A Perfect Day in Perugia: Capital of Umbria

Perfect Day in Perugia: View from the top of the Sciri Tower

No, Perugia is not a “one-day city.” But here’s how to spend a perfect day in Perugia, Italy—if you only have a day.

During a trip to Italy with two other couples, we rented a VRBO villa in Tuscany for the first week of our stay. 

Our house, Cappella Di Pancole, was located in the hill town of Castelnuovo Berardenga, about 50 miles from Florence and 10 miles from Siena. 

After touring both anchoring cities and exploring the bucolic towns and villages around Castelnuovo Berardenga, we wanted to dip our toes into the nearby region of Umbria.

The six of us gathered around the farmhouse table in the villa the next evening. And we pinpointed the location of our villa on Google Maps and drew a circle to narrow our search. Over a bottle of Chianti, we looked forward to spending a day in Perugia. 

Creating an itinerary when traveling with a group always entails a process of negotiation that can feel daunting. One person’s been there; another has no interest in going; and another has the very same destination at the top of their bucket list.

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Perugia: The City of Chocolate

But this time, there was no dissent. Perugia is the capital city of Umbria. The university town is known for its spectacular art and culture but also as the birthplace of Baci Perugina chocolates.

Bound together by a shared love of Italian chocolates, we were excited to visit the “City of Chocolate,” only an hour away. 

Planning a perfect day in Perugia

Grasping the rhythms of any destination, and understanding the customs and lifestyle of its people, is quite difficult—if not impossible—in one day. 

This is especially true in cities that teem with layers of art, history, and culture. Any one-day itinerary only allows you to skim the surface and, perhaps, convince yourself to return. But the right expert can help curate your day and arrange logistics that save time and enhance your experience. 

A friend in the travel industry had given us the name of a family-owned company that arranges bespoke experiences throughout Italy, enabling individuals and groups to discover a slice of Italy based on their personal passions. 

We contacted Matteo Della Frazia and his wife, Dianela Mencarelli, owners of Fuoritinerario: Discover Your Italy, who helped us plan what turned out to be a perfect day in Perugia. 

Matteo asked where we were staying and whether we needed transportation and then threw out some ideas to gauge the interests of our group (beyond chocolate).

An exhaustive list of choices included meeting with local cheese producers; visiting a workshop that makes stained glass windows for churches; and taking a boat ride on Lake Trasimeno, the largest lake in Central Italy. 

We chose three experiences for our visit (although Matteo surprised us with four).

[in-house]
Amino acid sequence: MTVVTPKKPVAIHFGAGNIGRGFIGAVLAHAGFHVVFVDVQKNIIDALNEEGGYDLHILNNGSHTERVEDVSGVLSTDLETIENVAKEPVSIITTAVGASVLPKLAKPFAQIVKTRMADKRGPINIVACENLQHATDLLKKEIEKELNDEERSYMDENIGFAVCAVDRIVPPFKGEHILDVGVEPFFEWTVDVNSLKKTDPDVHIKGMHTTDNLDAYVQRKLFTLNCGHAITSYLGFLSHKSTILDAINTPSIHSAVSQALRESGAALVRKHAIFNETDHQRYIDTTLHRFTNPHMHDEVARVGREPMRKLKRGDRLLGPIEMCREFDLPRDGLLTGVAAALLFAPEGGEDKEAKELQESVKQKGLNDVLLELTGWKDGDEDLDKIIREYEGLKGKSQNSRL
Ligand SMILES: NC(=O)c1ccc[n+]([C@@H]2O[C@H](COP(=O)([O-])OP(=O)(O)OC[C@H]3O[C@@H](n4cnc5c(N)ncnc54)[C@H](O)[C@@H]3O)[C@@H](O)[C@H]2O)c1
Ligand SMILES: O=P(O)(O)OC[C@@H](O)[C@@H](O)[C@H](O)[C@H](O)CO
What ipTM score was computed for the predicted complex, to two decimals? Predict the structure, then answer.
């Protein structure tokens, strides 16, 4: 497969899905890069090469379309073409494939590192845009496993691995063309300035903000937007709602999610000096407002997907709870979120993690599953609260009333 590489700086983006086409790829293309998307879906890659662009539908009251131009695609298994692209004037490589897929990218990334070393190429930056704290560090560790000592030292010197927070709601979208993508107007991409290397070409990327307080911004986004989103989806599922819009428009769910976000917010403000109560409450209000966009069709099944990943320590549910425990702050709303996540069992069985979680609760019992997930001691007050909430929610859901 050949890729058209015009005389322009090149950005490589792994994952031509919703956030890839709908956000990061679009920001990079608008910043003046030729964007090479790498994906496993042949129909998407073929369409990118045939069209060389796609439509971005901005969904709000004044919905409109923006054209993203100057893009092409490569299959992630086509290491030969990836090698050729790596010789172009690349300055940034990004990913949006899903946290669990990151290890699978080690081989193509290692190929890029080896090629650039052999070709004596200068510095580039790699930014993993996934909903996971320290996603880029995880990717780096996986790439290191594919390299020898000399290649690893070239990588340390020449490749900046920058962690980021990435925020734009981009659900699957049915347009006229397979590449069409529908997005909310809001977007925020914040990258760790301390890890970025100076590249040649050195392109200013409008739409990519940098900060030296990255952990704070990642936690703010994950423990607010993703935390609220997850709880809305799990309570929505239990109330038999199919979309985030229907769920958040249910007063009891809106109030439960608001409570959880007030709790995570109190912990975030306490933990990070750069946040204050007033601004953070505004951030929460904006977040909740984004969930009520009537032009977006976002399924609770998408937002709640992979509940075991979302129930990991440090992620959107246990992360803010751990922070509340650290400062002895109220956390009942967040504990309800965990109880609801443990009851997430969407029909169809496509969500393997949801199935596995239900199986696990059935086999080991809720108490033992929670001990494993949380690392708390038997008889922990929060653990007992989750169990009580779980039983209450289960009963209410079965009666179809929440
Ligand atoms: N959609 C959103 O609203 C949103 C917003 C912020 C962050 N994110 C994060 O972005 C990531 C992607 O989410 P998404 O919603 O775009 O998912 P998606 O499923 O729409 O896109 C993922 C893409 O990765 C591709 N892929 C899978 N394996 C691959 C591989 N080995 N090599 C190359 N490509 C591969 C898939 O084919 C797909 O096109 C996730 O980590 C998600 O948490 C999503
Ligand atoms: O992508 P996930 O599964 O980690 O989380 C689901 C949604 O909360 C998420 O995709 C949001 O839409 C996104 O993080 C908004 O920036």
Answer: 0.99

Hitting the road

Row of Cypress trees on the way to Perugia
Row of Cypress trees on the way to Perugia

We piled into our rental van to meet Matteo and Daniela at a halfway point between the villa and Perugia, the convenient-to-park-at Valdichiana Outlet Village. Matteo suggested we arrive by 9 am, before the onslaught of bargain hunters.

Valdichiana Outlet Mall
Valdichiana Outlet Mall

During the ride from the outlet mall to Perugia in his comfortable, air-conditioned van, Matteo briefed us on the history of the city and its Etruscan roots, proudly telling us about the university founded here in 1308, and pointing out the rich agricultural bounty beyond the highway. 

My fashionista girlfriends were impressed to hear that iconic Italian companies, like Luisa Spagnoli, Brunello Cucinelli, and Ellesse, were founded here, too.

Stop 1 – Weaving our way through Perugia

Entrance to the museum and workshop
Entrance to the museum and workshop

Before we knew it, Matteo was pulling into a parking spot beside Perugia’s first Franciscan church, the Church of San Francesco delle Donne. It was established in 1212, more than 800 years ago.

Matteo showed us the demarcation on the medieval church walls that separated the portion of the structure that dated to the Etruscan period.

Marta Cucchia, the jocular woman who runs the Museo-Laboratorio di Tessitura a Mano Giuditta Brozzetti greeted us inside the monastery and showed us around. In this hybrid workshop/museum, artisans use century-old techniques on antique wooden looms to create elaborately patterned textiles. The oldest loom in the space had been in use since the 18th century.

One of the old wooden looms at the workshop in Perugia
One of the old wooden looms at the workshop in Perugia
Marta Cucchia explains weaving to the author’s friend, Linda
Marta Cucchia explains weaving to the author’s friend, Linda

We learned that Umbrian textiles come in over two hundred intricate patterns; it takes 20 days to complete a tablecloth for 12. The fabrics are so magnificent that they are displayed in the National Art Gallery of Umbria.

Intricately patterned Umbrian textile
Intricately patterned Umbrian textile